Australia is home to the world’s biggest bicycle industry and, as with other big economies, the bicycle is the backbone of the economy.
It has seen a remarkable rise in popularity over the past decade, and the Australian Bicycle Association estimates that there are more than 1.3 million bikes in Australia.
But a study of the industry’s performance in recent years found that the average cyclist spends just a tenth of what it costs a conventional car to maintain a typical bicycle.
The study, conducted by the Centre for Research on Transportation, Mobility and the Environment, found that for the past five years, the average cost per kilometre of bike maintenance in Australia had risen by just under $20, compared with $25 in the US.
The researchers estimate that this compares with a total average of $100 per kilometer in the USA.
They estimate that the difference in cost between the two countries has been driven largely by a lower cost of maintaining the same number of bikes in each jurisdiction, a result that they attribute to the cost of maintenance.
The US is also home to a larger and more profitable bicycle industry than Australia.
In 2011, for instance, there were more than 2.5 million bicycles in the United States, but there were just 2.6 million in Australia, a difference of more than $1 billion.
The Australian Bicycle Institute estimates that in 2010, there was an average annual cost of $1.35 per kilometne for bicycle maintenance in the two jurisdictions, compared to just $1 in the UK.
While the cost per bicycle in the other countries is higher, it is still relatively low compared to the costs in the U.S. And it has been largely driven by a relatively small number of large, industrial hubs, with only a few hundred of the continent’s largest manufacturing centres and an even smaller number of smaller hubs.
It is estimated that the U, U.K., and France each spent just $0.15 per kilomet.
The cost per bike maintenance has been much lower in the smaller centres, where maintenance is relatively small, said Chris Smith, executive director of the Australian Bicycling Association.
But he said it is important to look beyond the cost to consider the long-term effects of bicycle use.
Smith said it was important to remember that bicycle maintenance is a key part of a long-standing cycling infrastructure network.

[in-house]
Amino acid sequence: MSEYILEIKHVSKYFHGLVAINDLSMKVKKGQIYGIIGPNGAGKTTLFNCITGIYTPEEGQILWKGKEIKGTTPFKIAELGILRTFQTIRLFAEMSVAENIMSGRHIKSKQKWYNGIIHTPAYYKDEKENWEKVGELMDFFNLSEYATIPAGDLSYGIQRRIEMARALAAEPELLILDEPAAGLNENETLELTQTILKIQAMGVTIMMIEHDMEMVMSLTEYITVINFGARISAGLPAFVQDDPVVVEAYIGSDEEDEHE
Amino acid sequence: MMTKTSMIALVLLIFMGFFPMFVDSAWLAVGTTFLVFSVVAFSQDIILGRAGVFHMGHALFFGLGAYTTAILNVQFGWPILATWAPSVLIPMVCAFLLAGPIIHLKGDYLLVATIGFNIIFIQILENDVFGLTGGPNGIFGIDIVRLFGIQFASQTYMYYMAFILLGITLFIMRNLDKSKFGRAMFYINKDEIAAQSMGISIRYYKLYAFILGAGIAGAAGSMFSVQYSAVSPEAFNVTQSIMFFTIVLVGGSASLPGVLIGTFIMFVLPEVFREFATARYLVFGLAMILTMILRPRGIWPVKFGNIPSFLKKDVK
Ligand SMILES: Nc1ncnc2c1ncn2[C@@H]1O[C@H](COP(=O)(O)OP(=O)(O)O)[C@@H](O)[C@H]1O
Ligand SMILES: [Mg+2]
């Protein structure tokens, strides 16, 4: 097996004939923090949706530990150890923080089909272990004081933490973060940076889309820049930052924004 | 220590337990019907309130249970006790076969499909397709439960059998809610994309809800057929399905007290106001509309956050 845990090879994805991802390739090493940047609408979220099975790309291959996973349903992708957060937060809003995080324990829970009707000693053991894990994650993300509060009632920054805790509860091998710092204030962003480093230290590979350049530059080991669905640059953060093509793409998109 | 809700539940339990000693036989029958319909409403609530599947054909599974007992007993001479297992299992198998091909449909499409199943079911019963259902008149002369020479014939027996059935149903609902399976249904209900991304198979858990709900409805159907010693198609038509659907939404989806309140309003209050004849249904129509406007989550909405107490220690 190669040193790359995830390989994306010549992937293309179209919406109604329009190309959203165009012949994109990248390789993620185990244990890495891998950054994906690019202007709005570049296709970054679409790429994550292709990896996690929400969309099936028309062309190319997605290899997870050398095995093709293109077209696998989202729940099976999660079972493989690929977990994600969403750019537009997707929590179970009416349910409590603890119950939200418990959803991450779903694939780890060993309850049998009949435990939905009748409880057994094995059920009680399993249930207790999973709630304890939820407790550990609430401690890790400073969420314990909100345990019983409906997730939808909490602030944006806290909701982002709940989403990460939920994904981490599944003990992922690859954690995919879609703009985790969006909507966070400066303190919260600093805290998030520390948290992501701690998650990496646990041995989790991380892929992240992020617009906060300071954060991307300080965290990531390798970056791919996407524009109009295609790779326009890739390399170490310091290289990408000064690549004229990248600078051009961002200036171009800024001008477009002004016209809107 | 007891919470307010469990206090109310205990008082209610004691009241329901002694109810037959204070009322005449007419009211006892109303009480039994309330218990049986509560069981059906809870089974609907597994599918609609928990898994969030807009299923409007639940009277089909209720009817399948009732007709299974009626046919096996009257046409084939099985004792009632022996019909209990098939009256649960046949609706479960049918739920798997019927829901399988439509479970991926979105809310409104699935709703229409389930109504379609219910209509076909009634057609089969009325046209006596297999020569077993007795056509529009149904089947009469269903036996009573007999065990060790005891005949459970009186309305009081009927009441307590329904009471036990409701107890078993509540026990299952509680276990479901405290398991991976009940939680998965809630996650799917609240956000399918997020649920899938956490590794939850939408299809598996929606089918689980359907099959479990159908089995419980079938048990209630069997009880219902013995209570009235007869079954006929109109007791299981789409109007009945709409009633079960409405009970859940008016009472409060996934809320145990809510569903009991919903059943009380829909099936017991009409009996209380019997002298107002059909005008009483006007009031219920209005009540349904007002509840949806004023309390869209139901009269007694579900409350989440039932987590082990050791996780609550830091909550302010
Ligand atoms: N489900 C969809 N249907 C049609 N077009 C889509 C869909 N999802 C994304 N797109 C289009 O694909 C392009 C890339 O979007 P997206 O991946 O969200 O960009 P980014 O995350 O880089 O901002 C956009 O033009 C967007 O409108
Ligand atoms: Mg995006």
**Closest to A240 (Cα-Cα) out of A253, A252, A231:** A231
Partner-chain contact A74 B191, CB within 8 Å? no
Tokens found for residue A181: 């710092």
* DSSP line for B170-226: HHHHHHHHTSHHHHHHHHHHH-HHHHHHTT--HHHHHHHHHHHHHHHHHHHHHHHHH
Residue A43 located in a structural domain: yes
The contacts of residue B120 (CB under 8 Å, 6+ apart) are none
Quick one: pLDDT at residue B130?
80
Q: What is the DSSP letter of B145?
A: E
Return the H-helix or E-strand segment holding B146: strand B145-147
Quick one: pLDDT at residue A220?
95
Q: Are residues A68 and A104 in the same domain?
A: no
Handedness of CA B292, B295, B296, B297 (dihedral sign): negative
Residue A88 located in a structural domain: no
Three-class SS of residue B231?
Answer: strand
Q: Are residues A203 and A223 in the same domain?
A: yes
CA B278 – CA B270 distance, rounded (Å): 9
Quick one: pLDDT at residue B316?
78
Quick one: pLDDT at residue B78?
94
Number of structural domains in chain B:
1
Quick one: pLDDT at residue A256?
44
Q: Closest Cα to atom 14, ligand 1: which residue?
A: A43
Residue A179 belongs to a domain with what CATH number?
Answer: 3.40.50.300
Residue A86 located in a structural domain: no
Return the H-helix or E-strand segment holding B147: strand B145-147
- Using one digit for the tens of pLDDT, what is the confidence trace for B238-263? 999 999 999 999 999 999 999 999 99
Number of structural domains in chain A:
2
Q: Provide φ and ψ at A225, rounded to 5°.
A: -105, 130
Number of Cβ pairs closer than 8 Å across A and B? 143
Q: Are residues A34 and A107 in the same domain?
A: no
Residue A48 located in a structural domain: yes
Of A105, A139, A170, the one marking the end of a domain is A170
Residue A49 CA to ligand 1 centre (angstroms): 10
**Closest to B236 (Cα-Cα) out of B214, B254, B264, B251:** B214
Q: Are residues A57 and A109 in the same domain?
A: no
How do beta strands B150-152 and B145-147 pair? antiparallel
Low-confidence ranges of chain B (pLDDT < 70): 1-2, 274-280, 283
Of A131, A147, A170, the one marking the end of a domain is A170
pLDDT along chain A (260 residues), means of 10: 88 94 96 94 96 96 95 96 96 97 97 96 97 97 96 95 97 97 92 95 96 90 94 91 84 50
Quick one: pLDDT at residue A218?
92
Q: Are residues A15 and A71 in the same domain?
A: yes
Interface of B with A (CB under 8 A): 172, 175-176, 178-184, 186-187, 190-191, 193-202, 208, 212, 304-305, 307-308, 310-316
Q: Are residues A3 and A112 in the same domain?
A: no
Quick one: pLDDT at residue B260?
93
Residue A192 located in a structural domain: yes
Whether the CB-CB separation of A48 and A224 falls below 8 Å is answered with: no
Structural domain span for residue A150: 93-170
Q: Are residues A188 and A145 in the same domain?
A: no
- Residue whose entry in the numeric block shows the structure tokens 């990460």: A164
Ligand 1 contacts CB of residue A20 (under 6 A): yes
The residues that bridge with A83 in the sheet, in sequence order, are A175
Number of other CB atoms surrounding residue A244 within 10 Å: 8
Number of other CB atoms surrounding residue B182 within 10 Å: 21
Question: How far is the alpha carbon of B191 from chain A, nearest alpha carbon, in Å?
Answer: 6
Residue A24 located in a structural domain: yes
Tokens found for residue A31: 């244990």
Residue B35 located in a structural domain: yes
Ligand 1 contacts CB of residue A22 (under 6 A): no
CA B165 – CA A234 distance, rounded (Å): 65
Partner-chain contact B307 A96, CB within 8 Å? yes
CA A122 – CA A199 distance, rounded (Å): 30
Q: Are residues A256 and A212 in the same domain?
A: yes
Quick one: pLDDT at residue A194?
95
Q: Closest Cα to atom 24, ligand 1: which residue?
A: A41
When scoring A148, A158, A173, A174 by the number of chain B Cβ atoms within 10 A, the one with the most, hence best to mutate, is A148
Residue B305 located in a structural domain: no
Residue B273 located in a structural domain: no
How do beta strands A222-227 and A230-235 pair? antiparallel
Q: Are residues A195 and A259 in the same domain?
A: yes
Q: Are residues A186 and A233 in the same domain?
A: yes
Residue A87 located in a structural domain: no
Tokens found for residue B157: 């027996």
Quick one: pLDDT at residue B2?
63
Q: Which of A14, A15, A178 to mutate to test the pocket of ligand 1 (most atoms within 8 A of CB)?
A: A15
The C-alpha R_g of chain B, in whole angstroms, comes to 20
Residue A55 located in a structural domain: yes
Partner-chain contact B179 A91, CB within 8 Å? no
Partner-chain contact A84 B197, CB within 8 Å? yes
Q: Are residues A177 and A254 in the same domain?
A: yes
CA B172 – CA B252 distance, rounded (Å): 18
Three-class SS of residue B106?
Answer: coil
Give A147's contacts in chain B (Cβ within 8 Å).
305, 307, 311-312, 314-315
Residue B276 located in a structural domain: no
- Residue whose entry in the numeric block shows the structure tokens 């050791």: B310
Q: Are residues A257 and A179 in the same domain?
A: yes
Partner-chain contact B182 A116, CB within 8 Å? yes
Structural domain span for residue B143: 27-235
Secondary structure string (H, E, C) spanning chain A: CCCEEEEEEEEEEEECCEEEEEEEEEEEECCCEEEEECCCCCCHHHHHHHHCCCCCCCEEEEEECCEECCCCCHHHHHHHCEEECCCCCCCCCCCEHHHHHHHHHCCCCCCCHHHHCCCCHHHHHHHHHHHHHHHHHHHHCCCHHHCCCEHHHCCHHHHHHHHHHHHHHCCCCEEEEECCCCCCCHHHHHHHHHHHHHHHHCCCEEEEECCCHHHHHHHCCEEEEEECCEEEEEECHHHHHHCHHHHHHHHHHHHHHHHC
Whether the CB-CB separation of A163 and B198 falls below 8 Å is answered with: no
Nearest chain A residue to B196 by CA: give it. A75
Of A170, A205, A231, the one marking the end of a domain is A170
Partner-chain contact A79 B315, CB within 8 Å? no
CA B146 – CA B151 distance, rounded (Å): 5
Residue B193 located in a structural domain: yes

He said it also made sense to look at the costs of infrastructure, which include roads, bike lanes, traffic signals, lighting, and parking.
“If you’re using a bike for commuting and not a car, then you need to pay attention to the overall infrastructure costs,” he said.
The University of Western Australia found that an average Australian spends $30,000 per year on bike maintenance, compared the average in the world.
The association estimated that maintenance costs are roughly 30 per cent higher in the developed world, where it found that a cyclist spends about $9,000 on maintenance.
And in the developing world, the rate is lower.
However, it said that there were no clear figures for the cost in the rest of the world, or how much of the cost was in the form of lost productivity.
The institute said that the study found that cyclists in Australia have to pay a small price for being part of the infrastructure that supports cycling, and that this cost was offset by higher costs for maintenance.
It said that although it was clear that cycling had been growing rapidly in Australia for many years, that this was still a relatively low level of cycling.
The report noted that bicycle safety was not always a top priority.
The bicycle industry is one of the largest employers in the country, with more than 8,000 people working on its behalf.
It also contributes to the nation’s economy, with $12 billion in annual economic activity and $6.7 billion in taxes collected by the Australian Tax Office.
But, as the association noted, the industry has had a mixed history in Australia and the costs to the environment, the health system, and public health have been high.
“The environmental cost is particularly high in Australia due to a number of factors including overuse of pesticides, poor recycling practices, and inadequate infrastructure,” the report said.